A ‘derivative’ product is one that allows traders to take positions on an underlying asset without holding the required collateral. Derivatives include futures contracts, which means you are obliged to buy or sell at a set price on a future date.
An option is similar, giving you the option to buy or sell a product at a certain price while the contract is in effect. bitcoin derivatives were introduced to certain exchanges in late 2017. Since then, Litecoin and Ethereum derivatives have been introduced to various exchanges. There is little doubt that derivatives certainly affect the bitcoin price.
The reaction to the introduction of bitcoin derivatives within the crypto community was mixed. On one hand, it will result in the increased trade of bitcoin. This will boost trade volume and its overall viability as a commercial product. The fact of the matter is that bitcoin needs to be adopted and accepted. It cannot simply be a rogue coin used by a small number of people to buy illicit products.
On the other hand, these bitcoin derivatives closely mimic the exact kind of products that bitcoin was designed to replace. Many contend that it is financial derivatives that lead to financial disasters such as the 2008 crash. It allows traders to place huge positions with money they do not have – the end result is that the banks go bust and are bailed out by the government using taxpayer money.
These bitcoin derivatives are bought using dollars and are integrated into the wider financial complex. They are regulated by the same fiat financial authorities in the same system, and are held to the same standards. Goldman Sachs and similar large banks are the owners of many new blockchain companies and projects, so the core functioning of these coins and derivatives will simply be to enrich the banks, much like the last financial crisis.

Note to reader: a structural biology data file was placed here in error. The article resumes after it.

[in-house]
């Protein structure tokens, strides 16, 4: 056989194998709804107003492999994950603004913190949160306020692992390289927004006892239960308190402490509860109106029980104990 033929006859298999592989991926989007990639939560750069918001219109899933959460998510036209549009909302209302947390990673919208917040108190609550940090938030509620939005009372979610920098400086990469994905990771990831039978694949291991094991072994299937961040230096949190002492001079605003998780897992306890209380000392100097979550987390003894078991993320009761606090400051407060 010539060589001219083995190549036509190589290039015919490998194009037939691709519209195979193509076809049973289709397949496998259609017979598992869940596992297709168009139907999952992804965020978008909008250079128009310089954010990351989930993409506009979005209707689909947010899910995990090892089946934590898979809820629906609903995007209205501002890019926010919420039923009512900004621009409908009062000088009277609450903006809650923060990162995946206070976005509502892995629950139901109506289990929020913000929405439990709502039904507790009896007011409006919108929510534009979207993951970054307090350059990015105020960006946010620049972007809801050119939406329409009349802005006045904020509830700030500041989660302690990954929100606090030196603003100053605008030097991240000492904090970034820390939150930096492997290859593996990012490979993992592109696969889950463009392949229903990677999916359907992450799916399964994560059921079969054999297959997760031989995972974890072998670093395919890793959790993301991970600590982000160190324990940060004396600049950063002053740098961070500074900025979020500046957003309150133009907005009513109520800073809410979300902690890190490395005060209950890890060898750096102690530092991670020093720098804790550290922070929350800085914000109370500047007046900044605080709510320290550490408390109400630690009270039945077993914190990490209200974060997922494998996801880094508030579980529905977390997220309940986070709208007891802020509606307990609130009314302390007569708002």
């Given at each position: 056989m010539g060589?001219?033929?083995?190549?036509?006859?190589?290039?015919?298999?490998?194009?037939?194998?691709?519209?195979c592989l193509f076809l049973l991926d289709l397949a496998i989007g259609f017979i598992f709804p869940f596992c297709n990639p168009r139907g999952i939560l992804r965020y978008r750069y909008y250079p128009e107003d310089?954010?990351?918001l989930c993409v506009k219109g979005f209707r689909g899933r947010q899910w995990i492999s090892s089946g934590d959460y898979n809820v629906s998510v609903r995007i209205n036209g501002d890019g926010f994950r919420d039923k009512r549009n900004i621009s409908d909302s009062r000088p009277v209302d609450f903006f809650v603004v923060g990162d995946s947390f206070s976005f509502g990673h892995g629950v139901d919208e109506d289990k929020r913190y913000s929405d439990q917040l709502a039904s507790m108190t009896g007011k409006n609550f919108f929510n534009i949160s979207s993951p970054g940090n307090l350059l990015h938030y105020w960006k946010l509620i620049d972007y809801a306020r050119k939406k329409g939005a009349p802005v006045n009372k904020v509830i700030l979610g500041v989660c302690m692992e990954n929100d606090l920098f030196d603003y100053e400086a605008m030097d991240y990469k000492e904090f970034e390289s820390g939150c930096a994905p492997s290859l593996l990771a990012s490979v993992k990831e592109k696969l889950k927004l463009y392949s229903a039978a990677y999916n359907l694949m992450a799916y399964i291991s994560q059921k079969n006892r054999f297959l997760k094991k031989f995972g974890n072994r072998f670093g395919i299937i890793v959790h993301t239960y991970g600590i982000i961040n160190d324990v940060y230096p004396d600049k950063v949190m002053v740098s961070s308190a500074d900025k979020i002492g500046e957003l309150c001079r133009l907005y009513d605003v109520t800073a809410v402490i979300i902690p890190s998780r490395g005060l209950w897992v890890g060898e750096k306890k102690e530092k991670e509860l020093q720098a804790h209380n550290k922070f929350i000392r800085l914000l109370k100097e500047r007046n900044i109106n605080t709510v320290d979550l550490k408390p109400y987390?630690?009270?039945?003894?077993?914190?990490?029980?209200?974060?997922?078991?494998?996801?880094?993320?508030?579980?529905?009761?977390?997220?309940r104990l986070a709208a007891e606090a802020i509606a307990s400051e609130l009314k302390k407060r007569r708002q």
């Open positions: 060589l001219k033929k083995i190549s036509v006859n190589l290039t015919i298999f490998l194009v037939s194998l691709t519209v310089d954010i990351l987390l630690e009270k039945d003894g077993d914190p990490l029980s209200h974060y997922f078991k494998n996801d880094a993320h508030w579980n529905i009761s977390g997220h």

Undoubtedly, the bitcoin price is affected by the introduction of derivatives. The bitcoin price reached its highest point on December 17th (around $19,800), the exact same date that bitcoin futures were introduced to the CME exchange. This is a strong indication of price suppression, although it’s not absolute proof of the same.
In a more general sense, it stands to reason that bitcoin price will be affected by derivatives. It is obvious. Financial companies are not allowed to trade in cryptocurrencies directly and need to gain exposure using these derivatives. The price of any asset, not just a cryptocurrency, is a function of the trade volume – supply and demand.
The more demand there is for a product, the more it will be desired, and the price will shoot up due to a lack of availability. So the price suppression theory would be based on huge sell orders which were placed on exchanges when bitcoin derivatives were introduced. These sell orders can be placed with printed fiat money which has no intrinsic value, to kill off the opposition.